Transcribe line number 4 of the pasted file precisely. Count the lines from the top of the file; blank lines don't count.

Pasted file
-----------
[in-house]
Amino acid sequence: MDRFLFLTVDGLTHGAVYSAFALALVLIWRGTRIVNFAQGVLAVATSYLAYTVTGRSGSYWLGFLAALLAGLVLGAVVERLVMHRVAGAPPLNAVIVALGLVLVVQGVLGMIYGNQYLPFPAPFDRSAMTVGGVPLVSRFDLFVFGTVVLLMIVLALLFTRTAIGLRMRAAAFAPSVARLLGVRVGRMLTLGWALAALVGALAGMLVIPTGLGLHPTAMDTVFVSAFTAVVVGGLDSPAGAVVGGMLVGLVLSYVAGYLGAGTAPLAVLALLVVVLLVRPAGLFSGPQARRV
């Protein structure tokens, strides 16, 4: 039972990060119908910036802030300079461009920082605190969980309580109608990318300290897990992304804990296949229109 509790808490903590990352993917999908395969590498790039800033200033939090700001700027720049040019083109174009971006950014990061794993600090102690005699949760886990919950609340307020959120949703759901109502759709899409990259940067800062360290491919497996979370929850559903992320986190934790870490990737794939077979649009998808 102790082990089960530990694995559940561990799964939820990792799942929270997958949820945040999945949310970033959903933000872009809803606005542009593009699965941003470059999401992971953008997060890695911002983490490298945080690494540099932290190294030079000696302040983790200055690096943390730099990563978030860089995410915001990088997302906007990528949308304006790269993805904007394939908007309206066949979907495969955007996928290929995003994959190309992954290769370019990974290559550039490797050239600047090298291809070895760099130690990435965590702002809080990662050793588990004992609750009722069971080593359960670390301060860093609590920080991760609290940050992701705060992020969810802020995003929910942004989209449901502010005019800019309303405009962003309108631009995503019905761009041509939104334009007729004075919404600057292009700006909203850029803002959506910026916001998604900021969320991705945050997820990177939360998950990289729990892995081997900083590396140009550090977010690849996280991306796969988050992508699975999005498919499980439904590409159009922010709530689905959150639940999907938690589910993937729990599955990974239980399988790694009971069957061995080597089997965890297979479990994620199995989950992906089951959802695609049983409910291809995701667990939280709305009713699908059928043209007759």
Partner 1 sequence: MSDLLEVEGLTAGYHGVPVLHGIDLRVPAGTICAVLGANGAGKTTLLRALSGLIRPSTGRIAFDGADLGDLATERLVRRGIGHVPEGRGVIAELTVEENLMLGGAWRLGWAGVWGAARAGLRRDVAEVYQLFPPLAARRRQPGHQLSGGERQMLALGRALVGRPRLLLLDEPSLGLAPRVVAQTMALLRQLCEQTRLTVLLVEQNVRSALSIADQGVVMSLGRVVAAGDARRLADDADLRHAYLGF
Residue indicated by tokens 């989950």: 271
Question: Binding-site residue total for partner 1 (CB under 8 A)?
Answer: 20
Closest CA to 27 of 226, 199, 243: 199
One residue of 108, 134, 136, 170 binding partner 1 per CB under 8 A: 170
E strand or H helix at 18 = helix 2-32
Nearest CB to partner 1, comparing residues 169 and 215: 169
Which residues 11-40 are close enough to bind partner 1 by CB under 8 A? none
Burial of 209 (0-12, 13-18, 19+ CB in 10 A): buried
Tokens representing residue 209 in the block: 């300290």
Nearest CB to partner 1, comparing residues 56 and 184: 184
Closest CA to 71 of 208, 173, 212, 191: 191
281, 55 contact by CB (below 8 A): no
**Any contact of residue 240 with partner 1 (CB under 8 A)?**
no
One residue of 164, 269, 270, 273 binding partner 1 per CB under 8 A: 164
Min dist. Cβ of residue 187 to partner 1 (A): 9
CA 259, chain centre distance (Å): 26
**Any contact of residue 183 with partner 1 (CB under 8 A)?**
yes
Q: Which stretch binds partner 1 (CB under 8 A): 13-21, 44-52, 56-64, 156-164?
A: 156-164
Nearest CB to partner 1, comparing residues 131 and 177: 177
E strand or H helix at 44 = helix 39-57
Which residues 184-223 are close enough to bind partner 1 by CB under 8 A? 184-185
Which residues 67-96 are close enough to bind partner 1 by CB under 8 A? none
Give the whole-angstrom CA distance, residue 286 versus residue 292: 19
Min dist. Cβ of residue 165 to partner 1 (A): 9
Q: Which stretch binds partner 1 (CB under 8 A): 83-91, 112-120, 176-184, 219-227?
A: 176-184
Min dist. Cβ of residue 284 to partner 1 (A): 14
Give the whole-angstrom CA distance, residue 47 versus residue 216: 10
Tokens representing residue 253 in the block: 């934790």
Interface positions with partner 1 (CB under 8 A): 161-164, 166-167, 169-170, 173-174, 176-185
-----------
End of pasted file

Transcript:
Partner 1 sequence: MSDLLEVEGLTAGYHGVPVLHGIDLRVPAGTICAVLGANGAGKTTLLRALSGLIRPSTGRIAFDGADLGDLATERLVRRGIGHVPEGRGVIAELTVEENLMLGGAWRLGWAGVWGAARAGLRRDVAEVYQLFPPLAARRRQPGHQLSGGERQMLALGRALVGRPRLLLLDEPSLGLAPRVVAQTMALLRQLCEQTRLTVLLVEQNVRSALSIADQGVVMSLGRVVAAGDARRLADDADLRHAYLGF